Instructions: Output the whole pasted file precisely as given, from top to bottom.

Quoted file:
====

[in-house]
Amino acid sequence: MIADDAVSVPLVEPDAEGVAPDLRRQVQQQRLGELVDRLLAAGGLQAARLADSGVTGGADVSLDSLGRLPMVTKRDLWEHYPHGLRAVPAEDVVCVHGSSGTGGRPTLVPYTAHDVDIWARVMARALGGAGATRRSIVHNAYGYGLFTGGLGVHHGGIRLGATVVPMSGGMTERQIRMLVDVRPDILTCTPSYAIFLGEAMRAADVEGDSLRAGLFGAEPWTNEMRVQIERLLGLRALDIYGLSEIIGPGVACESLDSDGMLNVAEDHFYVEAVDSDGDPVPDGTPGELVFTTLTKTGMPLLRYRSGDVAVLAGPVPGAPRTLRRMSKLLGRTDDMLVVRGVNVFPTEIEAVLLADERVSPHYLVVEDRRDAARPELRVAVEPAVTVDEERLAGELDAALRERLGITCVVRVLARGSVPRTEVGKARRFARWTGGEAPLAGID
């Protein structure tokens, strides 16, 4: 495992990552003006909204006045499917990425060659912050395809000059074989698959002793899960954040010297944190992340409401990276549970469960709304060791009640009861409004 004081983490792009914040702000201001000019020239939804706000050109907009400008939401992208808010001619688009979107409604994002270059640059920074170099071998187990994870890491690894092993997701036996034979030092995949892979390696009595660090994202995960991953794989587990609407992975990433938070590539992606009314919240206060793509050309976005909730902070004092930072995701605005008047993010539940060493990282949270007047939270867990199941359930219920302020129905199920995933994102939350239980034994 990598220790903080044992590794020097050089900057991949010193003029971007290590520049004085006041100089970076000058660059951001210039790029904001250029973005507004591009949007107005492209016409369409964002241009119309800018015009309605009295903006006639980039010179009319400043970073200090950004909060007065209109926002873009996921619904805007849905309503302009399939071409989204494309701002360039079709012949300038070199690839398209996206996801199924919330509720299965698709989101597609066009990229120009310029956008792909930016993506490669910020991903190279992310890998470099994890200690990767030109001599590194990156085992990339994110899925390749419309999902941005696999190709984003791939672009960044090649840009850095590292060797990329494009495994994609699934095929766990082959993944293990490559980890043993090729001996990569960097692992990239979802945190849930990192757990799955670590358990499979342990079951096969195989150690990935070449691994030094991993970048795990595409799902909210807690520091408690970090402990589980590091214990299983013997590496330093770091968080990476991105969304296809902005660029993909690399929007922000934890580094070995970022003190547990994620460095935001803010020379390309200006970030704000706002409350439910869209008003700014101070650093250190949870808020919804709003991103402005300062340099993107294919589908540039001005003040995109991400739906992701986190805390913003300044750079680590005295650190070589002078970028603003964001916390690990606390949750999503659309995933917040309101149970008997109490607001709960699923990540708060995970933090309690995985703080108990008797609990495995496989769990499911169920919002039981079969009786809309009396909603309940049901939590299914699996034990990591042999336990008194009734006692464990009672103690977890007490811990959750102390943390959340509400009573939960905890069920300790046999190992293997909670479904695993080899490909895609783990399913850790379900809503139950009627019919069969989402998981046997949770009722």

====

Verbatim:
[in-house]
Amino acid sequence: MIADDAVSVPLVEPDAEGVAPDLRRQVQQQRLGELVDRLLAAGGLQAARLADSGVTGGADVSLDSLGRLPMVTKRDLWEHYPHGLRAVPAEDVVCVHGSSGTGGRPTLVPYTAHDVDIWARVMARALGGAGATRRSIVHNAYGYGLFTGGLGVHHGGIRLGATVVPMSGGMTERQIRMLVDVRPDILTCTPSYAIFLGEAMRAADVEGDSLRAGLFGAEPWTNEMRVQIERLLGLRALDIYGLSEIIGPGVACESLDSDGMLNVAEDHFYVEAVDSDGDPVPDGTPGELVFTTLTKTGMPLLRYRSGDVAVLAGPVPGAPRTLRRMSKLLGRTDDMLVVRGVNVFPTEIEAVLLADERVSPHYLVVEDRRDAARPELRVAVEPAVTVDEERLAGELDAALRERLGITCVVRVLARGSVPRTEVGKARRFARWTGGEAPLAGID
């Protein structure tokens, strides 16, 4: 495992990552003006909204006045499917990425060659912050395809000059074989698959002793899960954040010297944190992340409401990276549970469960709304060791009640009861409004 004081983490792009914040702000201001000019020239939804706000050109907009400008939401992208808010001619688009979107409604994002270059640059920074170099071998187990994870890491690894092993997701036996034979030092995949892979390696009595660090994202995960991953794989587990609407992975990433938070590539992606009314919240206060793509050309976005909730902070004092930072995701605005008047993010539940060493990282949270007047939270867990199941359930219920302020129905199920995933994102939350239980034994 990598220790903080044992590794020097050089900057991949010193003029971007290590520049004085006041100089970076000058660059951001210039790029904001250029973005507004591009949007107005492209016409369409964002241009119309800018015009309605009295903006006639980039010179009319400043970073200090950004909060007065209109926002873009996921619904805007849905309503302009399939071409989204494309701002360039079709012949300038070199690839398209996206996801199924919330509720299965698709989101597609066009990229120009310029956008792909930016993506490669910020991903190279992310890998470099994890200690990767030109001599590194990156085992990339994110899925390749419309999902941005696999190709984003791939672009960044090649840009850095590292060797990329494009495994994609699934095929766990082959993944293990490559980890043993090729001996990569960097692992990239979802945190849930990192757990799955670590358990499979342990079951096969195989150690990935070449691994030094991993970048795990595409799902909210807690520091408690970090402990589980590091214990299983013997590496330093770091968080990476991105969304296809902005660029993909690399929007922000934890580094070995970022003190547990994620460095935001803010020379390309200006970030704000706002409350439910869209008003700014101070650093250190949870808020919804709003991103402005300062340099993107294919589908540039001005003040995109991400739906992701986190805390913003300044750079680590005295650190070589002078970028603003964001916390690990606390949750999503659309995933917040309101149970008997109490607001709960699923990540708060995970933090309690995985703080108990008797609990495995496989769990499911169920919002039981079969009786809309009396909603309940049901939590299914699996034990990591042999336990008194009734006692464990009672103690977890007490811990959750102390943390959340509400009573939960905890069920300790046999190992293997909670479904695993080899490909895609783990399913850790379900809503139950009627019919069969989402998981046997949770009722």